11.  240°  \(\frac{4\pi}{3}\)  Four times of 60° 
12.  270°  \(\frac{3\pi}{2}\)  Three times of 90° 
13.  300°  \(\frac{5\pi}{3}\)  Five times of 60° 
14.  330°  \(\frac{11\pi}{6}\)  Eleven times of 30° 
15.  15°  \(\frac{\pi}{12}\)  Half of 30° i.e. Half of \(\frac{\pi}{6}\) 
16.  22.5°  \(\frac{\pi}{8}\)  Half of \(\frac{\pi}{4}\) 
17.  18°  \(\frac{\pi}{10}\)  Onetenth of 180° is 18 i.e. One tenth of \(\pi\) 
18.  36°  \(\frac{\pi}{5}\)  Twice of 18° 
19.  72°  \(\frac{2\pi}{5}\)  72° is 90°  18° i.e. \(\frac{\pi}{2}  \frac{\pi}{10}\) 
20.  10°  \(\frac{\pi}{18}\)  Oneeighteenth of 180° 
Radian is pi
A general confusion in some students occur that an angle in radians must have a \( \pi \) in them e.g., \( \frac{\pi}{6} \), \( \frac{\pi}{2} \), \( 3\pi \) etc. This is not so. The angle in radians can be any number from negative infinity to positive infinity. \( \frac{\pi}{4} \) is a special angle – it is one fourth of a semicircle or one eighth of a circle. Actually \( \frac{\pi}{4} \) is approximately equal to 0.7854.
1 radian equals...
It is helpful to remember that 1 radian is approximately equal to \(57.3^\circ\)
Quadrant of an Angle
Knowing the exact quadrant of terminal point of an angle is important, so that we can decide the correct values of trigonometric functions that we will study later. For instance, suppose you know the angle is \(8\pi\), and you want to also know where the terminal point for this angle is. Since \(8\pi=4*2\pi\) and \(2\pi\) is one complete revolution starting from positive xaxis, we can conclude that \(8\pi\) is \(4\) revolutions and thus the terminal point is at positive xaxis.
To understand this further, read the following points:

For angles of the form \(2n\pi\), where \(n \in \mathbb{Z}\), the terminal point lies on the positive xaxis. e.g., \( \ldots, 8\pi, 4\pi, 2\pi, 0, 2\pi, 4\pi, 6\pi, 8\pi, \ldots \) all such angles clearly lie on the positive xaxis. It is easy to see that when the angle is of the form \([even\ number] \times \pi\), the angle lies on the positive xaxis.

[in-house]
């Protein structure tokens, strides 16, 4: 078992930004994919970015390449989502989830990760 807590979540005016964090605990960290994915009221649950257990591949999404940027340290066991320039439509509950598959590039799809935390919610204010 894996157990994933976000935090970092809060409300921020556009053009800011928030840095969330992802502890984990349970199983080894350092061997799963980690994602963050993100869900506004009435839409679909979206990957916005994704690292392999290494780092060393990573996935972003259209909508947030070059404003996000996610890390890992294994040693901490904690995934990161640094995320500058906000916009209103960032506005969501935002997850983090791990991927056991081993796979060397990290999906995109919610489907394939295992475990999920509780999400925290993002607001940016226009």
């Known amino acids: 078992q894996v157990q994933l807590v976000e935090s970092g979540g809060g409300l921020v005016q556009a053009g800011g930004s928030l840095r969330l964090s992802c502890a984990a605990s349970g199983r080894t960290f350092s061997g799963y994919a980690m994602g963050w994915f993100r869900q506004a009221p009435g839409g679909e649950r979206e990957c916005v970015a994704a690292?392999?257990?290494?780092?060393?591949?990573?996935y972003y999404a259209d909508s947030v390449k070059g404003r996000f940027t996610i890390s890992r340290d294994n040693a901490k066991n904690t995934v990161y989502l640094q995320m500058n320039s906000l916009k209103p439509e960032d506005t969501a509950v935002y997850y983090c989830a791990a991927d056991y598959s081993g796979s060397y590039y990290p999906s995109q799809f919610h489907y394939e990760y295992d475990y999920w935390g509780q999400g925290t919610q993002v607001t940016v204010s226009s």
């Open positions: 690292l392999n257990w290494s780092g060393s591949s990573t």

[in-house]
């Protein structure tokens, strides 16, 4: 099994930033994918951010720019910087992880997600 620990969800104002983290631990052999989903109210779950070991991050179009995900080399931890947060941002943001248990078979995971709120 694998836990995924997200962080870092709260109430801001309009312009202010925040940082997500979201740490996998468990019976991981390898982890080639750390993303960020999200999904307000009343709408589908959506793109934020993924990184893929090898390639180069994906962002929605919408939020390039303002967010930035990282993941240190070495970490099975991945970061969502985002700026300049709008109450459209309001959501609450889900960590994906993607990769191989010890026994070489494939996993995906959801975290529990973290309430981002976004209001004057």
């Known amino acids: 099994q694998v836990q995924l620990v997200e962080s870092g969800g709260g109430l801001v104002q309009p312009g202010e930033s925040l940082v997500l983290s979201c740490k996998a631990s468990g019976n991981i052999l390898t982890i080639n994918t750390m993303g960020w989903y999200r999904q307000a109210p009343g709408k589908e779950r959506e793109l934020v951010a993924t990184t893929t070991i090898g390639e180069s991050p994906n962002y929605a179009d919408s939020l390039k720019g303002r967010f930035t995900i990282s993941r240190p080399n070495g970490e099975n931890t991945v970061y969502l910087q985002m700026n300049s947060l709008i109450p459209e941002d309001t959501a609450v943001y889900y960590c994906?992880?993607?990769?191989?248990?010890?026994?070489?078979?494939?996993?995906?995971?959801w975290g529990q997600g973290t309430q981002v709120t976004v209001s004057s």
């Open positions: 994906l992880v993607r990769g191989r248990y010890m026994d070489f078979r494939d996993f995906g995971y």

For angles of the form \((2n+1)\pi\), \(n \in \mathbb{Z}\), the terminal point lies on the negative xaxis. Angles like \( \ldots, 7\pi, 5\pi, 3\pi, \pi, \pi, 3\pi, 5\pi, \ldots \) lie on the negative xaxis. So, whenever the angle is of the form \([odd\ number] \times \pi\), it lies on the negative yaxis.

For angles of the form \(2n\pi + \frac{\pi}{2}\), \(n \in \mathbb{Z}\), the terminal point lies on the positive yaxis.

For angles of the form \(2n\pi  \frac{\pi}{2}\), \(n \in \mathbb{Z}\), the terminal point lies on the negative yaxis.

For angles of the form \(n\pi\), \(n \in \mathbb{Z}\), the terminal point lies either on the positive xaxis or on the negative xaxis. These are called as Horizontal Angles. e.g., \( \ldots, 3\pi, 2\pi, \pi, 0, \pi, 2\pi, 3\pi, \ldots \)

For angles of the form \((2n+1)\frac{\pi}{2}\), \(n \in \mathbb{Z}\), the terminal point lies on the positive yaxis or on the negative yaxis. These are called as Vertical Angles. e.g., \( \ldots, \frac{5\pi}{2}, \frac{3\pi}{2}, \frac{\pi}{2}, \frac{\pi}{2}, \frac{3\pi}{2}, \frac{5\pi}{2}, \ldots \)
Please remember the above results and use the following figure as a memory aid:
Example
Find the location of the terminal point of the following angles:
A) \( \frac{5\pi}{2} \)
Since, \( \frac{5\pi}{2} = 2\pi + \frac{\pi}{2} \) ⇒ it lies on positive yaxis.
B) \( \frac{57\pi}{2} \)
Since, 57 is an odd number ⇒ it lies on negative xaxis.
C) \( \frac{23\pi}{2} \)
Since, \( \frac{23\pi}{2} = 12\pi  \frac{\pi}{2} \) ⇒ it lies on negative yaxis
D) \( \frac{45\pi}{2} \)
Since, \( \frac{45\pi}{2} = 22\pi + \frac{\pi}{2} \) ⇒ it lies on positive yaxis
If you have understood the above examples, you can easily understand the next concept.
Let us take an example. Suppose \( \theta = \frac{25\pi}{3} \) . We wish to know the quadrant of \( \theta \). Find the multiple of denominator 3 which is the closest to 25 . Write 25 in terms of that multiple.
i.e. \( \frac{25\pi}{3} = \left(24+1\right)\frac{\pi}{3} = 8\pi + \frac{\pi}{3} \)
Now we can tell the correct quadrant in which \( \frac{25\pi}{3} \) lies. Since, \( 8\pi \) lies on positive xaxis. We add \( \frac{\pi}{3} \) to it. Thus the terminal point moves anticlockwise and it lies in the first quadrant.
That’s it. This is what we do.
Let us take more examples.
Example
Find the quadrant of the following angles.
A) \( \frac{27\pi}{7} \)
B) \( \frac{98\pi}{3} \)
C) \( \frac{36\pi}{5} \)
D) \( \frac{36\pi}{5} \)
Solution:
A) \( \frac{27\pi}{7} = (281)\frac{\pi}{7} = 4\pi  \frac{\pi}{7} \)
\( 4\pi \) lies on positive xaxis. Thus \( 4\pi  \frac{\pi}{7} \) lies in fourth quadrant (the terminal point gets rotated by \( \frac{\pi}{7} \) in clockwise direction)
B) \( \frac{98\pi}{3} = (991)\frac{\pi}{3} = 33\pi  \frac{\pi}{3} \)
\( 33\pi \) lies on negative xaxis. Thus, \( 33\pi  \frac{\pi}{3} \) lies in the second quadrant. (rotate clockwise)
C) \( \frac{36\pi}{5} = (35+1)\frac{\pi}{5} = 7\pi + \frac{\pi}{5} \)
\( 7\pi \) lies on negative xaxis. Thus \( 7\pi + \frac{\pi}{5} \) lies in the third quadrant. (rotate anticlockwise)
D) \( \frac{36\pi}{5} = (35+1)\frac{\pi}{5} = 7\pi  \frac{\pi}{5} \)
\( 7\pi \) lies on negative xaxis. Thus \( 7\pi  \frac{\pi}{5} \) lies in the second quadrant. (rotate clockwise)